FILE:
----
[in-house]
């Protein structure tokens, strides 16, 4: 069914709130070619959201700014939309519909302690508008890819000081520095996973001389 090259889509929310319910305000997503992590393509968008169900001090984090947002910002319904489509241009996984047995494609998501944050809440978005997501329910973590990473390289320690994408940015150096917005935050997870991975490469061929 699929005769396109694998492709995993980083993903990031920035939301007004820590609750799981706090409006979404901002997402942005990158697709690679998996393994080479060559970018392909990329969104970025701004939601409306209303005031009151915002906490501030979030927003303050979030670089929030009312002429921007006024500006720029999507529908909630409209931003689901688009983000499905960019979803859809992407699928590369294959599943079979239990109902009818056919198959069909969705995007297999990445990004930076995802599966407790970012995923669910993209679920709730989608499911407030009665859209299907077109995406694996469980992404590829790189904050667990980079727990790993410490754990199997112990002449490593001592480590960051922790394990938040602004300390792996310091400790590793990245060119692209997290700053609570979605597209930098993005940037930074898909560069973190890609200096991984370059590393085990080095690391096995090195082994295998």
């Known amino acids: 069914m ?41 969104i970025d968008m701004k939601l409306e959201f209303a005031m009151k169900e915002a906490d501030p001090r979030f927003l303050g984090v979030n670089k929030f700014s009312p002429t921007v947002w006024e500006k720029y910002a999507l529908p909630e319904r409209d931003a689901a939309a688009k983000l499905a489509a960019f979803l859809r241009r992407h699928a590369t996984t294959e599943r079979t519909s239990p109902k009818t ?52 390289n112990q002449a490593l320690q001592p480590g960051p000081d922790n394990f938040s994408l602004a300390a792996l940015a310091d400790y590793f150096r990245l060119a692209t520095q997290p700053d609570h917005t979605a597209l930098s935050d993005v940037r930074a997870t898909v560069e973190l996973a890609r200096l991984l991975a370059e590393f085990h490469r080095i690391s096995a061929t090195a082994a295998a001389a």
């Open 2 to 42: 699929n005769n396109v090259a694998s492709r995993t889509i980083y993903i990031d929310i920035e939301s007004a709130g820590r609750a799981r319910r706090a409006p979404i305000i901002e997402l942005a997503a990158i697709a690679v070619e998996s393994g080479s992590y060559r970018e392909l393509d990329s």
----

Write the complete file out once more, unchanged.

[in-house]
């Protein structure tokens, strides 16, 4: 069914709130070619959201700014939309519909302690508008890819000081520095996973001389 090259889509929310319910305000997503992590393509968008169900001090984090947002910002319904489509241009996984047995494609998501944050809440978005997501329910973590990473390289320690994408940015150096917005935050997870991975490469061929 699929005769396109694998492709995993980083993903990031920035939301007004820590609750799981706090409006979404901002997402942005990158697709690679998996393994080479060559970018392909990329969104970025701004939601409306209303005031009151915002906490501030979030927003303050979030670089929030009312002429921007006024500006720029999507529908909630409209931003689901688009983000499905960019979803859809992407699928590369294959599943079979239990109902009818056919198959069909969705995007297999990445990004930076995802599966407790970012995923669910993209679920709730989608499911407030009665859209299907077109995406694996469980992404590829790189904050667990980079727990790993410490754990199997112990002449490593001592480590960051922790394990938040602004300390792996310091400790590793990245060119692209997290700053609570979605597209930098993005940037930074898909560069973190890609200096991984370059590393085990080095690391096995090195082994295998």
């Known amino acids: 069914m ?41 969104i970025d968008m701004k939601l409306e959201f209303a005031m009151k169900e915002a906490d501030p001090r979030f927003l303050g984090v979030n670089k929030f700014s009312p002429t921007v947002w006024e500006k720029y910002a999507l529908p909630e319904r409209d931003a689901a939309a688009k983000l499905a489509a960019f979803l859809r241009r992407h699928a590369t996984t294959e599943r079979t519909s239990p109902k009818t ?52 390289n112990q002449a490593l320690q001592p480590g960051p000081d922790n394990f938040s994408l602004a300390a792996l940015a310091d400790y590793f150096r990245l060119a692209t520095q997290p700053d609570h917005t979605a597209l930098s935050d993005v940037r930074a997870t898909v560069e973190l996973a890609r200096l991984l991975a370059e590393f085990h490469r080095i690391s096995a061929t090195a082994a295998a001389a």
């Open 2 to 42: 699929n005769n396109v090259a694998s492709r995993t889509i980083y993903i990031d929310i920035e939301s007004a709130g820590r609750a799981r319910r706090a409006p979404i305000i901002e997402l942005a997503a990158i697709a690679v070619e998996s393994g080479s992590y060559r970018e392909l393509d990329s």